Posts Tagged ‘PASA’

RR ewe lamb

RR ewe lamb

Mike and I host the Mid Atlantic Hair Sheep sale.  We do this activity on our own- not as a part of an organization- because there are no organizations in the area to do this and we feel there is a need.  It takes a tremendous amount of time and of course it takes a lot of money to do this sort of event.   I could be wrong- but I thought that having an event where hair sheep producers could come get together, talk up their breed, or talk up their farm (to buyers that is)- talk to one another about “sheep issues”- and have a single place where they could increase the genetics in their flock would be a good thing.

The sale was on Saturday.  We offered a consignors dinner Friday night.  The purpose of this is many.  1st- I knew that I would need to be at the barns to check in sheep, and I need to eat dinner- SO- why not bring a grill, chicken, salad, etc. and offer a free meal to the consignors.  That would give everyone a more relaxed opportunity to just talk.  A more social event- no stress.  

This year I had gotten PASA to host a small-ruminant workshop on Friday and Saturday morning.  This would give shepherds an educational opportunity as well.  Come, learn something, talk sheep, buy sheep.  Sounds like fun to me!

I think that shepherds that have less well known breeds should REALLY be the ones attending- and getting others with their breeds to attend!  It is a good place to let potential buyers know you are coming- and while you are there- talk up your sheep!

Although Mike and I host this sale- it is the responsibility of everyone who comes to advertise they will be selling sheep at this sale.  It is the responsibility of all consignors to promote the sale, build desire and competition and attract buyers.  Everyone wants to have the “high selling animal”- but the person who really promotes the sale and gets the buyers to come and bid against eachother for the opportunity to take home your sheep- that shepherd will do the most for the total sale.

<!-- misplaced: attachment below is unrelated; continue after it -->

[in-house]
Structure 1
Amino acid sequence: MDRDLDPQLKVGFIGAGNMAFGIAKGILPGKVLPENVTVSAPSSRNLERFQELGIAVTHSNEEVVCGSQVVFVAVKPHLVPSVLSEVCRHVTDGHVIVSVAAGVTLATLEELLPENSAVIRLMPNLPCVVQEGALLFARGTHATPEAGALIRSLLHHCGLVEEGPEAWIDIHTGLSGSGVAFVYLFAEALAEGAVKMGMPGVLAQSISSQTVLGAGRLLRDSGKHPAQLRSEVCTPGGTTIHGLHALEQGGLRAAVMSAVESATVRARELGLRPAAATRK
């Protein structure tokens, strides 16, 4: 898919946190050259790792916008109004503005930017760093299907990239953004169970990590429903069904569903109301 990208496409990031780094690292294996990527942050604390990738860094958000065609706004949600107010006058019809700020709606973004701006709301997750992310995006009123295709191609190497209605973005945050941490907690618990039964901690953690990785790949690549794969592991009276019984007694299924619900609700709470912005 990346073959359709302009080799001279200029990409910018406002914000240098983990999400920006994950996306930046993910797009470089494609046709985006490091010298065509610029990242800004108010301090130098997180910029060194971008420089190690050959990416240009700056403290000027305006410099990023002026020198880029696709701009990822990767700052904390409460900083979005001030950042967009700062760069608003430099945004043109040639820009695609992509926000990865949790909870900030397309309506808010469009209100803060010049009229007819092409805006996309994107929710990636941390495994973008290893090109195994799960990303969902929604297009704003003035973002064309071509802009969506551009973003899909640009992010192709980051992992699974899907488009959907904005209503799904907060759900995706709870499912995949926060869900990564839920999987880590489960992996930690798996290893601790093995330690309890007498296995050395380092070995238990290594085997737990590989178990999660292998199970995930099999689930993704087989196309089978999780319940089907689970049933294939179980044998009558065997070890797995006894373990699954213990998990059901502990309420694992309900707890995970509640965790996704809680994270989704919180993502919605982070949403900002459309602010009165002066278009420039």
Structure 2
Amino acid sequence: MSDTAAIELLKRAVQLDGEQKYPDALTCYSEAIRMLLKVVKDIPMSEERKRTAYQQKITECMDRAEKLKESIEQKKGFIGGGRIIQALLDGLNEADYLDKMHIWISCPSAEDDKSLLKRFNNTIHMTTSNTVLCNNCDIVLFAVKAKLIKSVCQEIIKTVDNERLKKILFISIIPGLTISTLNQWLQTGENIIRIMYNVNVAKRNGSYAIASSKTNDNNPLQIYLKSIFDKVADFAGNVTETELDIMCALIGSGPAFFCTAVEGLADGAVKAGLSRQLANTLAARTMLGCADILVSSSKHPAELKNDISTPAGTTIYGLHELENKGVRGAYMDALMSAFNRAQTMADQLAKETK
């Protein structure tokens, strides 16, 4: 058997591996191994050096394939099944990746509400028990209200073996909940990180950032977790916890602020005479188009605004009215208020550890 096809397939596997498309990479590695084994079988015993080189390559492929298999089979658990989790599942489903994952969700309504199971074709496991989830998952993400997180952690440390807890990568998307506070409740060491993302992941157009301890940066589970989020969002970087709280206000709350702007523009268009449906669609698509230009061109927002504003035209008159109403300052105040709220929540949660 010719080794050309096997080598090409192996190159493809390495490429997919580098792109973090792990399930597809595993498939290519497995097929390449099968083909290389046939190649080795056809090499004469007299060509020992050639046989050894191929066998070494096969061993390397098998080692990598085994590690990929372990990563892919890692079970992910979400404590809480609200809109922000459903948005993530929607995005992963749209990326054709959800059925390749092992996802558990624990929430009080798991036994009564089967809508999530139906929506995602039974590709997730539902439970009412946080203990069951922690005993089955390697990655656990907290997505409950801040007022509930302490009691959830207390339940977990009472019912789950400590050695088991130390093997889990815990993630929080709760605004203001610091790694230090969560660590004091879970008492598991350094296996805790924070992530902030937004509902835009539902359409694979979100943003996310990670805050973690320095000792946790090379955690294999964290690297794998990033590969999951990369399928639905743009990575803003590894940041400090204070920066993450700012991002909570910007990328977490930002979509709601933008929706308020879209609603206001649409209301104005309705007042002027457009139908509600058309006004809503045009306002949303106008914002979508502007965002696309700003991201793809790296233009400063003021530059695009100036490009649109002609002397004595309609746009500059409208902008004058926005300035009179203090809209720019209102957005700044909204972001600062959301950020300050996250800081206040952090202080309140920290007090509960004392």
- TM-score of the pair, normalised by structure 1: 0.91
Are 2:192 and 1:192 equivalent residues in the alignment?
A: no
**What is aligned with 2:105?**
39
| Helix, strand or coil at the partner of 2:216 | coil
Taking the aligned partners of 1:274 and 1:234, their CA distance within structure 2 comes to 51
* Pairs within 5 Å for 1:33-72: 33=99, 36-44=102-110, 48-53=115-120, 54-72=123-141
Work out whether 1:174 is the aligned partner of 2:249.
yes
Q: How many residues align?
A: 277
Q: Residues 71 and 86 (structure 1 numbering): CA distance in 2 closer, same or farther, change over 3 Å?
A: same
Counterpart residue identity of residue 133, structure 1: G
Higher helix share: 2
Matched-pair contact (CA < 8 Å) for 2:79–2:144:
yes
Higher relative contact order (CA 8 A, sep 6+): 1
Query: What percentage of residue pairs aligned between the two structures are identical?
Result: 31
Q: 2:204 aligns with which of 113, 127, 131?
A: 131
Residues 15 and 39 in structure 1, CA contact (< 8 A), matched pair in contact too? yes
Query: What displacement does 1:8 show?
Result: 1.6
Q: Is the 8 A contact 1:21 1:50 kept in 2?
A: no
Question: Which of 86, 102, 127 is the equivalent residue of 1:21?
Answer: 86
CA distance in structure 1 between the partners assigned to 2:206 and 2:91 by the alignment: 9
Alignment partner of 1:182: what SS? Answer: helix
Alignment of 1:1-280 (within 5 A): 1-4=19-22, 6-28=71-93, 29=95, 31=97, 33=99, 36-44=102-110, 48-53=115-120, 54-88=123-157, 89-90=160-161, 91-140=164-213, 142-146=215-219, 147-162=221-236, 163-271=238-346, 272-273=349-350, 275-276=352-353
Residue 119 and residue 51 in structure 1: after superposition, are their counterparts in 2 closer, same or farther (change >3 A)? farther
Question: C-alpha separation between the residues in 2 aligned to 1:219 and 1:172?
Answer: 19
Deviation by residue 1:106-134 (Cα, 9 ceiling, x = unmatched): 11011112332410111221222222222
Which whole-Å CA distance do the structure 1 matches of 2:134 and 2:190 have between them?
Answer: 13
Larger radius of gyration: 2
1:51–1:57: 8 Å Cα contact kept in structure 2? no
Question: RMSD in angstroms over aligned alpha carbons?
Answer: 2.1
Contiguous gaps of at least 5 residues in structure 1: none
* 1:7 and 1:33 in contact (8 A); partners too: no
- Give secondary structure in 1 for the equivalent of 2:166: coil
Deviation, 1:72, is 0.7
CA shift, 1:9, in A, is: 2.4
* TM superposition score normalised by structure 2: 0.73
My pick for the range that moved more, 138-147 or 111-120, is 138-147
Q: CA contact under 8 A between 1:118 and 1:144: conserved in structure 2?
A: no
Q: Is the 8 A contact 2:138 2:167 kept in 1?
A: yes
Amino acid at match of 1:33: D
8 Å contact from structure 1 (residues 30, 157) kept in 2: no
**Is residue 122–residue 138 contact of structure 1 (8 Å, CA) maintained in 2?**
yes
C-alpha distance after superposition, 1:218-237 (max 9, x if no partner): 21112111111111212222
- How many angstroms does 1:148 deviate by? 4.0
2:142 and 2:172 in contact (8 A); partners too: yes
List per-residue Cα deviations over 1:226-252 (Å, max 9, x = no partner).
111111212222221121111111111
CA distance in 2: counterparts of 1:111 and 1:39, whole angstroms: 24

We will do it again next year- and hope it dosen’t POUR like it did this year.  Oct. 23, 2010.  Hope to see you there


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Tonight’s CSI Miami focused on corporate agriculture’s stranglehold on the organic and  genetically engineered vegetable markets, and the resulting problems with E.coli from Concentrated Animal Feeding Operations and unintended consequences of genetically engineered foods.  Although fictional and sensationalized, it was well timed with pending federal legislation that impacts all of us that eat vegetables.  80% of the vegetables sold in the grocery store are grown in two agricultural areas in California and Arizona, and are run by a very few foody corporations.  The pending legislation (that is currently soliciting public comment) benefits big corporate agricultural operations at the expense of safe, healthy, sustainable, local growers- who can show you the farm and where you can meet the people that run that farm.  That is the piece of mind that I call Ag Security. 

The Pennsylvania  Association for Sustaniable Agriculture (PASA) is asking their membership to weigh-in on this issue.   Here is a link to a letter to PASA members from the Executive Director, Brian Snyder.   Brian testified on behalf of PASA members at a hearing in Ohio.  Here is one excerpt from his testimony. 

 “The Agricultural Marketing Service (AMS) is intended to serve the marketing needs of the agricultural community in this country.  Their own administration has stated that “AMS is not a food safety agency.” But I submit that, while it might serve the immediate marketing needs of the largest producers (and most vegetables), as the hearing notice makes clear, the current proposal would in fact fail to support the majority of growers who now produce leafy greens on a variety of scales.  Of course, that majority of growers might well become the minority soon enough, because the LGMA will likely force them to comply or step aside altogether.  From a marketing point of view, the last thing most smaller-sized, independent farmers need right now, whether we’re talking about leafy greens, dairy products or any other commodity-specific group, is a government-sponsored, vertically-integrated market syndicate against which they must compete.”

To support local sustainably produced vegetables, please review the draft rule and provide comments at the email address for USDA listed in the link highlighted above.

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